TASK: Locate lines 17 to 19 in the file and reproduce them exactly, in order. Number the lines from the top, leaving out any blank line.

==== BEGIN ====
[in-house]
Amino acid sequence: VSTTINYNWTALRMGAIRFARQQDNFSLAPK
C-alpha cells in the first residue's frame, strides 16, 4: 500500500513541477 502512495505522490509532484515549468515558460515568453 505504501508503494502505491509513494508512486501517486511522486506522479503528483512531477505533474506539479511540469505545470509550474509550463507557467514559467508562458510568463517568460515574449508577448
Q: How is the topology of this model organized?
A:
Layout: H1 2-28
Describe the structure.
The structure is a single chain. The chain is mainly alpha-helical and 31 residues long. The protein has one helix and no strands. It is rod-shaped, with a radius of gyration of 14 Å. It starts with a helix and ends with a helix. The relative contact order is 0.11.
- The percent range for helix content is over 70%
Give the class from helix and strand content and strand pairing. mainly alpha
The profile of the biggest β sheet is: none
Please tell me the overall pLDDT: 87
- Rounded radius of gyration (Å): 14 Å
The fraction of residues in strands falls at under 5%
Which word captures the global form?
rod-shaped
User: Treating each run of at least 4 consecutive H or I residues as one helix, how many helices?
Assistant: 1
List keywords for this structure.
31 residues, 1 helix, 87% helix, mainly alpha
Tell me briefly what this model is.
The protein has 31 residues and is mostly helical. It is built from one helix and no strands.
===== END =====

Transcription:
User: Treating each run of at least 4 consecutive H or I residues as one helix, how many helices?
Assistant: 1
List keywords for this structure.